Two Quincy residents are behind bars charged with one count each of vehicle theft in the third degree, aggravated assault with a deadly weapon without intent to kill, robbery of a resident and home invasion with a weapon and kidnapping in the facilitation of a felony.
Yatesha Renaye Miller, 19, and Demetric Reshawn Smith, 24, are accused to taking 86-year-old James Abbott from his Hill Street home and forcing him to withdraw money from his bank account using Automated Teller Machines (ATM).
According to a report released by the Quincy Police Department, this is what happened:
Around 9 p.m. on Aug. 16, Miller went to the Abbott's residence, knocked on the door and asked him for $10 to buy her baby some milk. Abbott told authorities he left the front door slightly open and he walked back to his bedroom to get the money. When he returned to the front door a large black man was standing in his living room holding a large hunting knife (Bowie knife). He told Abbott to sit down and he would not hurt him.
The pair began rummaging through the house and Smith found Abbott's wallet with $100 in cash, located the ATM card and pin number as well as the car keys.
"You're going to come with us," Smith allegedly said, according to Abbott.
They took him out of the home through the garage door to his 2001 bronze Buick LaSabre and forced him at knife point into the back seat. Smith was initially in the back seat with Abbott holding the knife but exchanged places with Miller before reaching Tallahassee. They forced him to withdraw money from his account on three separate occasions, totaling $1,200. There is evidence that they tried to take more money from other ATMs but were denied several other attempted transactions.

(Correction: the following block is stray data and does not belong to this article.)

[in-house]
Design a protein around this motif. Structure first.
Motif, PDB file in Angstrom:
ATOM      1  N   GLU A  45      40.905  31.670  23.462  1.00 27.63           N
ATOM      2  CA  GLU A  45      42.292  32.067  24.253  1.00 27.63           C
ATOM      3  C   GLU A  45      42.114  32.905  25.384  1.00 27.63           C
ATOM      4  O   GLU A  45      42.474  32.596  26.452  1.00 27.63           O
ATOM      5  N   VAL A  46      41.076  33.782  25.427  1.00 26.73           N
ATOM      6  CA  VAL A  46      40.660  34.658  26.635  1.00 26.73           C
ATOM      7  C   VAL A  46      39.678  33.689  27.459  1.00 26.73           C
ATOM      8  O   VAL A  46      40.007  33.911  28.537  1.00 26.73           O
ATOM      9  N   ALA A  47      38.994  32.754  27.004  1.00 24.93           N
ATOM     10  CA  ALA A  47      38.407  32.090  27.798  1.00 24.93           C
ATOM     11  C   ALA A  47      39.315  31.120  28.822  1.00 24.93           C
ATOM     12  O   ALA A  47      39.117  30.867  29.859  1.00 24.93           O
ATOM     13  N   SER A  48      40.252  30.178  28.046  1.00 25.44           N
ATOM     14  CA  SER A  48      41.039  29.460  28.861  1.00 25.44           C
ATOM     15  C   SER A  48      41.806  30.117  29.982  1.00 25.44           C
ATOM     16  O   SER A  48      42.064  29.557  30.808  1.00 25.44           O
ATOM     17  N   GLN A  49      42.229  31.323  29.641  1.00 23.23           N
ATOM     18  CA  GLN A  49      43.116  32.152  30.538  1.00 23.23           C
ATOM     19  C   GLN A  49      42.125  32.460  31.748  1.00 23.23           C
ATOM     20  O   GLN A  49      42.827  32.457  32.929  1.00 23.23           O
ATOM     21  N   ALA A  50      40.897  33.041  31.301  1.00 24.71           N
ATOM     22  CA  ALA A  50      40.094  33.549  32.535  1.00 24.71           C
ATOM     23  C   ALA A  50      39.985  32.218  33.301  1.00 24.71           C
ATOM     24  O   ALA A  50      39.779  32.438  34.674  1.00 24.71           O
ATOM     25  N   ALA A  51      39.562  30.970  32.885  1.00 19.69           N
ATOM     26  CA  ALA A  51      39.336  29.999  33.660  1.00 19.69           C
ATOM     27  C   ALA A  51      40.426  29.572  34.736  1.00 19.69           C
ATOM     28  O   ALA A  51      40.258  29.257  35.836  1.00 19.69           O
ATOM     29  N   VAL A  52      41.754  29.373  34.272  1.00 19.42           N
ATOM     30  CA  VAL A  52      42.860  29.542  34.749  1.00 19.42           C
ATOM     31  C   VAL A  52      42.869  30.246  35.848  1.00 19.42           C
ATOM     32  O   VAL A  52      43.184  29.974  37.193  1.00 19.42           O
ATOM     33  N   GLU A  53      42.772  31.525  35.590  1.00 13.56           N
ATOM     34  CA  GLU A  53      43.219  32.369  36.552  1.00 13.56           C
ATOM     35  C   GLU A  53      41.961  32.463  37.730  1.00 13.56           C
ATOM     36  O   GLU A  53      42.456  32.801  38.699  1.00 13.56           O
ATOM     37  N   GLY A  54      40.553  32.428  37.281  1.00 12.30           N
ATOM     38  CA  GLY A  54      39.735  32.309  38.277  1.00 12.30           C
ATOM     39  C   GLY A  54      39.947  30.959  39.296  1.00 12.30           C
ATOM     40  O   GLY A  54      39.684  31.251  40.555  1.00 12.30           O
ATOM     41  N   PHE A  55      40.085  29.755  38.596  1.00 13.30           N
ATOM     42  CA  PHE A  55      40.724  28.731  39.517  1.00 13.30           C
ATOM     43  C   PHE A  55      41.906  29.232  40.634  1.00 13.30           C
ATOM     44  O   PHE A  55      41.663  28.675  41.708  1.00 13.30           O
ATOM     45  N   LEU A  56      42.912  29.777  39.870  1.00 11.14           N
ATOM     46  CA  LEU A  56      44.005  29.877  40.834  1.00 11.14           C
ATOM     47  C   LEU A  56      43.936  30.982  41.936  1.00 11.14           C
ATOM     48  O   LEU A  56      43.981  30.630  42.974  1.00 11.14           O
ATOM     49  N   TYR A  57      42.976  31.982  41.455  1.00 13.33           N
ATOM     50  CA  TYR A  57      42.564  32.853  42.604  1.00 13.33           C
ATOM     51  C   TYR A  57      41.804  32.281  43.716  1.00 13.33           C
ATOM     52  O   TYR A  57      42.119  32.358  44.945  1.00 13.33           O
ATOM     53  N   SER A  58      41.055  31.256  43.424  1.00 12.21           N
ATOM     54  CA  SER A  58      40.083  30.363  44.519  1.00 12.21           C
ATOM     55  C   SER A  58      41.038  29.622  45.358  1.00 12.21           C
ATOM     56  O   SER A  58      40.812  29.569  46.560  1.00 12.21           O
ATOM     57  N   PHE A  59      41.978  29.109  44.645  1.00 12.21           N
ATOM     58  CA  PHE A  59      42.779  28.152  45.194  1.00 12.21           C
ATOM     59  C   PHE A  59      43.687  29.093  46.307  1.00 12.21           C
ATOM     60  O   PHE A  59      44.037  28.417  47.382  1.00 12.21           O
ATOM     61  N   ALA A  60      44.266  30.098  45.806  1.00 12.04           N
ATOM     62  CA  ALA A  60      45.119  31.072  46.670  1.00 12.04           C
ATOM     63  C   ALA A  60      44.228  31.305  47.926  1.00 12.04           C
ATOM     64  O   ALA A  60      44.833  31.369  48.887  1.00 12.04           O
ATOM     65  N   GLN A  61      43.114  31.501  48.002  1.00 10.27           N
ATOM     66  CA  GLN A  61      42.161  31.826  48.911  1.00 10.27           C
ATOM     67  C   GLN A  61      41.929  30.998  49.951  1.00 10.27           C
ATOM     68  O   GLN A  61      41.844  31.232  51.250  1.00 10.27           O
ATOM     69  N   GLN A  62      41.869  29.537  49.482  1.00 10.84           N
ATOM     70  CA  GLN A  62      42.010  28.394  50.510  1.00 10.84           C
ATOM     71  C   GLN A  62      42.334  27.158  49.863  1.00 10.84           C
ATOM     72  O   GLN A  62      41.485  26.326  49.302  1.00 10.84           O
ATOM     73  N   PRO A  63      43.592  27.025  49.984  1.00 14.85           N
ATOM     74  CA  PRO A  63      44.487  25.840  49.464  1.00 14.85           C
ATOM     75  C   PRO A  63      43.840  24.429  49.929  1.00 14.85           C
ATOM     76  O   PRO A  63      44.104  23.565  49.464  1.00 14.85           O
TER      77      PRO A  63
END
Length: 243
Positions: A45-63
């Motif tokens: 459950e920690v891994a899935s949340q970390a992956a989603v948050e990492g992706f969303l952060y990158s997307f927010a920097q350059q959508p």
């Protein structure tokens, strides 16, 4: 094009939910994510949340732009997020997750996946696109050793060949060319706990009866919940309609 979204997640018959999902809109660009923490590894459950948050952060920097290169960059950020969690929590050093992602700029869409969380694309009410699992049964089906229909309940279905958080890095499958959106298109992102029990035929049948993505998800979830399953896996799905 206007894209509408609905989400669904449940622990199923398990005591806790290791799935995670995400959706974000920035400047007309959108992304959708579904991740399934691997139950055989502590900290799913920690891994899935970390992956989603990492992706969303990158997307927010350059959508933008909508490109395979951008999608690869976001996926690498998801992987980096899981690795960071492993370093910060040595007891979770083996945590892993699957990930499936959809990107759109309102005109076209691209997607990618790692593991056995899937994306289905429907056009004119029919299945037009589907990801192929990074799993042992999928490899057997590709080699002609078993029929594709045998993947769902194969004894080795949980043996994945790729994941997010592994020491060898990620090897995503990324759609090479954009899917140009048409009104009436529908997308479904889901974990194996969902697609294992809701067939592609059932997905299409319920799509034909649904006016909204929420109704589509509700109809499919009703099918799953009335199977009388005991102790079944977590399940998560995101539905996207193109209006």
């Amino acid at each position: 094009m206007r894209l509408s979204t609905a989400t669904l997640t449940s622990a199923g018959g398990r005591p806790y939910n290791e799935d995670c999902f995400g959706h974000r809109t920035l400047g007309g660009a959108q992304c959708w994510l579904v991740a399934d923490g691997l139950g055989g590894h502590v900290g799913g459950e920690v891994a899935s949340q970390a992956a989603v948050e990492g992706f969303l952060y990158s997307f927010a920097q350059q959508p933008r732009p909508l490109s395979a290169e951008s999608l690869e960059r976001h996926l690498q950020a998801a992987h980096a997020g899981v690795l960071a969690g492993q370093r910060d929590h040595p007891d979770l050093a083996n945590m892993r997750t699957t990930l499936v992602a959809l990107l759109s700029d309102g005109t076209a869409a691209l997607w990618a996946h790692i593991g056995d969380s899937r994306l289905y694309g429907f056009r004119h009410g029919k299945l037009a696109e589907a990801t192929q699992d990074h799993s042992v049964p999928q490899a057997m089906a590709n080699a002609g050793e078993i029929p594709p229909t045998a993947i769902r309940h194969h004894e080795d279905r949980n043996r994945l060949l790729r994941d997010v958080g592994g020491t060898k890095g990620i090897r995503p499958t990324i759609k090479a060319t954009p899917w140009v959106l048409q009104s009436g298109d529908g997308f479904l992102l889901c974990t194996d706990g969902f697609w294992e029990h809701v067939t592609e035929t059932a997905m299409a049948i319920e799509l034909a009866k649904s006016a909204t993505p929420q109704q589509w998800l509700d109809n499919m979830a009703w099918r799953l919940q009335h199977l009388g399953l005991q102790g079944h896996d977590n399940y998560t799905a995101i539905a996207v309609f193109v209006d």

"The suspects eventually drove to a location on North Monroe Street near a Walgreens Drug Store, stopped the vehicle. placed the keys on top of the car and ran off on foot," the report stated.
Abbott did not see which direction the two fled but located a telephone and called the Tallahassee Police Department. TPD searched the area but were unable to find the suspects. They recovered the car and [processed it for evidence.
Meanwhile, Quincy Police Department was notified by TPD of the incident. QPD notified Abbott's daughter of the incident involving her father. When officers arrived at Abbott's residence they found the garage door open and the door leading into the house from the garage was open.
"The bedroom area was in complete disarray with clothes scattered everywhere," the report stated.
The following day, Aug. 17, the security at officer a Capital City Bank in Tallahassee provided authorities photos of a black female using Abbott's ATM card at the drive-through to withdraw $500 at 11:22 p.m. but when the woman attempted several other transactions, the card was denied. A second transaction was made on Lake Bradford Road at a Circle K gas station for $200. Surveillance footage from the Circle showed a black woman making a transaction with Abbott's card. Four officers positively Miller as the woman using the card.
Miller, who lived less than 100 years from the Abbott home, confessed after questioning, to all of the events but said that Smith threatened her and forced her to participate in the robbery. Smith also lives in the neighborhood. Miller's father said his daughter and Smith left his house together just before dark in Aug. 16.
Smith denied any involvement in the home invasion and robbery and said he was not in Quincy on Aug. 16 and that he was with his girlfriend who works for TPD but could not provide the woman's name. The new clothes he was wearing were also provided by the woman. When arrested by TPD, however, investigators located Abbott's phone.
Miller has a $85,000 bond while Smith has a $115,000 bond.